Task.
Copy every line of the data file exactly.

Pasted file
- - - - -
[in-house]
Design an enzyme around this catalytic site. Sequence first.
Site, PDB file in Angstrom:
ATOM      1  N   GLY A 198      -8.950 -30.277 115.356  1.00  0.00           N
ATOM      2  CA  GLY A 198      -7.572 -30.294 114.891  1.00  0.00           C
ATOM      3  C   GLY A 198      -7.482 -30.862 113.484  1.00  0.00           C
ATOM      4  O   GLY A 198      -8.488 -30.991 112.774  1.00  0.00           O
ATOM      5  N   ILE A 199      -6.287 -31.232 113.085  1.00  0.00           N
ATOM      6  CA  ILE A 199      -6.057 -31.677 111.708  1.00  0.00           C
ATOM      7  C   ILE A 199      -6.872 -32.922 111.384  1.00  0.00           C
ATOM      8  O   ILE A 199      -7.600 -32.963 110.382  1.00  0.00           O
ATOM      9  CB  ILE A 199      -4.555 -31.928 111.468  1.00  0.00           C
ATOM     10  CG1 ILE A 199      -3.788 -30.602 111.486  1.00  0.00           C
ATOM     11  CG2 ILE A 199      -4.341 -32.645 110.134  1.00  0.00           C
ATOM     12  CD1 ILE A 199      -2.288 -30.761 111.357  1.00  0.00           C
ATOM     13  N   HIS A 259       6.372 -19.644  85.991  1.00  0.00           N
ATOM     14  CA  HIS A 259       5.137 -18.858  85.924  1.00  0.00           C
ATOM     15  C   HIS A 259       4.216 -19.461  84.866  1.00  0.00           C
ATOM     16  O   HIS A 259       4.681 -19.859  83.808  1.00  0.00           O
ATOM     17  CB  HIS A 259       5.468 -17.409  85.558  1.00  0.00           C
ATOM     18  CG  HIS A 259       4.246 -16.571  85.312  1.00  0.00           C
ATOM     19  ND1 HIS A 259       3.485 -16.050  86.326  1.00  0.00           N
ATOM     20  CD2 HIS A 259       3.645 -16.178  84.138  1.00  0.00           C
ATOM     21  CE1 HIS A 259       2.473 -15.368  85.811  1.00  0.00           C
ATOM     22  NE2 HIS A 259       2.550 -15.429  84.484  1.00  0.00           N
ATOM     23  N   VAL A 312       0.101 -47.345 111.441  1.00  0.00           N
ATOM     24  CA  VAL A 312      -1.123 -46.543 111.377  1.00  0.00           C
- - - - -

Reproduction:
[in-house]
Design an enzyme around this catalytic site. Sequence first.
Site, PDB file in Angstrom:
ATOM      1  N   GLY A 198      -8.950 -30.277 115.356  1.00  0.00           N
ATOM      2  CA  GLY A 198      -7.572 -30.294 114.891  1.00  0.00           C
ATOM      3  C   GLY A 198      -7.482 -30.862 113.484  1.00  0.00           C
ATOM      4  O   GLY A 198      -8.488 -30.991 112.774  1.00  0.00           O
ATOM      5  N   ILE A 199      -6.287 -31.232 113.085  1.00  0.00           N
ATOM      6  CA  ILE A 199      -6.057 -31.677 111.708  1.00  0.00           C
ATOM      7  C   ILE A 199      -6.872 -32.922 111.384  1.00  0.00           C
ATOM      8  O   ILE A 199      -7.600 -32.963 110.382  1.00  0.00           O
ATOM      9  CB  ILE A 199      -4.555 -31.928 111.468  1.00  0.00           C
ATOM     10  CG1 ILE A 199      -3.788 -30.602 111.486  1.00  0.00           C
ATOM     11  CG2 ILE A 199      -4.341 -32.645 110.134  1.00  0.00           C
ATOM     12  CD1 ILE A 199      -2.288 -30.761 111.357  1.00  0.00           C
ATOM     13  N   HIS A 259       6.372 -19.644  85.991  1.00  0.00           N
ATOM     14  CA  HIS A 259       5.137 -18.858  85.924  1.00  0.00           C
ATOM     15  C   HIS A 259       4.216 -19.461  84.866  1.00  0.00           C
ATOM     16  O   HIS A 259       4.681 -19.859  83.808  1.00  0.00           O
ATOM     17  CB  HIS A 259       5.468 -17.409  85.558  1.00  0.00           C
ATOM     18  CG  HIS A 259       4.246 -16.571  85.312  1.00  0.00           C
ATOM     19  ND1 HIS A 259       3.485 -16.050  86.326  1.00  0.00           N
ATOM     20  CD2 HIS A 259       3.645 -16.178  84.138  1.00  0.00           C
ATOM     21  CE1 HIS A 259       2.473 -15.368  85.811  1.00  0.00           C
ATOM     22  NE2 HIS A 259       2.550 -15.429  84.484  1.00  0.00           N
ATOM     23  N   VAL A 312       0.101 -47.345 111.441  1.00  0.00           N
ATOM     24  CA  VAL A 312      -1.123 -46.543 111.377  1.00  0.00           C